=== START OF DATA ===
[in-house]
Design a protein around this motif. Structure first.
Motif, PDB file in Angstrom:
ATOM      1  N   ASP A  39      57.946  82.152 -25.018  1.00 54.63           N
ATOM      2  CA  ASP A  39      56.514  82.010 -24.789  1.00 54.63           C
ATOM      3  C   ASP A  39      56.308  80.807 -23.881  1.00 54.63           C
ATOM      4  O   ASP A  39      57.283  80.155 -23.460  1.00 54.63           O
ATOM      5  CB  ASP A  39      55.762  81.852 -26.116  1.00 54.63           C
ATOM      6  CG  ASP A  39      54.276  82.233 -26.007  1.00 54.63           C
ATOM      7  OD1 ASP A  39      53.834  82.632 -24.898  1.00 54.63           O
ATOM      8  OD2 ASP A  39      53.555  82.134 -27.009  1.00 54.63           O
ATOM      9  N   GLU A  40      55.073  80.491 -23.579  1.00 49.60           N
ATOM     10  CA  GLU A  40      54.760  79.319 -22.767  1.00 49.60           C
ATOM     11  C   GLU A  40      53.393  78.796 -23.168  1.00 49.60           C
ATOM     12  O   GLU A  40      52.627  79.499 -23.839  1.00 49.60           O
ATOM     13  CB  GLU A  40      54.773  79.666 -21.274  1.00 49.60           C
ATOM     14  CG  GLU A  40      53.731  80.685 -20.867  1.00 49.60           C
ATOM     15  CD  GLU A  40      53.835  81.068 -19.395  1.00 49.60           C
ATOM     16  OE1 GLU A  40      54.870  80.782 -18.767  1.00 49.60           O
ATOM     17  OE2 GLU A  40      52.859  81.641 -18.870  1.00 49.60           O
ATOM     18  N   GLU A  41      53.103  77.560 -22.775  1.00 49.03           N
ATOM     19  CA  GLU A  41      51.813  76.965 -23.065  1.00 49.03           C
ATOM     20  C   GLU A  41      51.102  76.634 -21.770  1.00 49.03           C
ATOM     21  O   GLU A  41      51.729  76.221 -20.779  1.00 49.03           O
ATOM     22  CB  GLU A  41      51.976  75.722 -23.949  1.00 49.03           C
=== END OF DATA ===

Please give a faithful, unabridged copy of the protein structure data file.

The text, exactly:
[in-house]
Design a protein around this motif. Structure first.
Motif, PDB file in Angstrom:
ATOM      1  N   ASP A  39      57.946  82.152 -25.018  1.00 54.63           N
ATOM      2  CA  ASP A  39      56.514  82.010 -24.789  1.00 54.63           C
ATOM      3  C   ASP A  39      56.308  80.807 -23.881  1.00 54.63           C
ATOM      4  O   ASP A  39      57.283  80.155 -23.460  1.00 54.63           O
ATOM      5  CB  ASP A  39      55.762  81.852 -26.116  1.00 54.63           C
ATOM      6  CG  ASP A  39      54.276  82.233 -26.007  1.00 54.63           C
ATOM      7  OD1 ASP A  39      53.834  82.632 -24.898  1.00 54.63           O
ATOM      8  OD2 ASP A  39      53.555  82.134 -27.009  1.00 54.63           O
ATOM      9  N   GLU A  40      55.073  80.491 -23.579  1.00 49.60           N
ATOM     10  CA  GLU A  40      54.760  79.319 -22.767  1.00 49.60           C
ATOM     11  C   GLU A  40      53.393  78.796 -23.168  1.00 49.60           C
ATOM     12  O   GLU A  40      52.627  79.499 -23.839  1.00 49.60           O
ATOM     13  CB  GLU A  40      54.773  79.666 -21.274  1.00 49.60           C
ATOM     14  CG  GLU A  40      53.731  80.685 -20.867  1.00 49.60           C
ATOM     15  CD  GLU A  40      53.835  81.068 -19.395  1.00 49.60           C
ATOM     16  OE1 GLU A  40      54.870  80.782 -18.767  1.00 49.60           O
ATOM     17  OE2 GLU A  40      52.859  81.641 -18.870  1.00 49.60           O
ATOM     18  N   GLU A  41      53.103  77.560 -22.775  1.00 49.03           N
ATOM     19  CA  GLU A  41      51.813  76.965 -23.065  1.00 49.03           C
ATOM     20  C   GLU A  41      51.102  76.634 -21.770  1.00 49.03           C
ATOM     21  O   GLU A  41      51.729  76.221 -20.779  1.00 49.03           O
ATOM     22  CB  GLU A  41      51.976  75.722 -23.949  1.00 49.03           C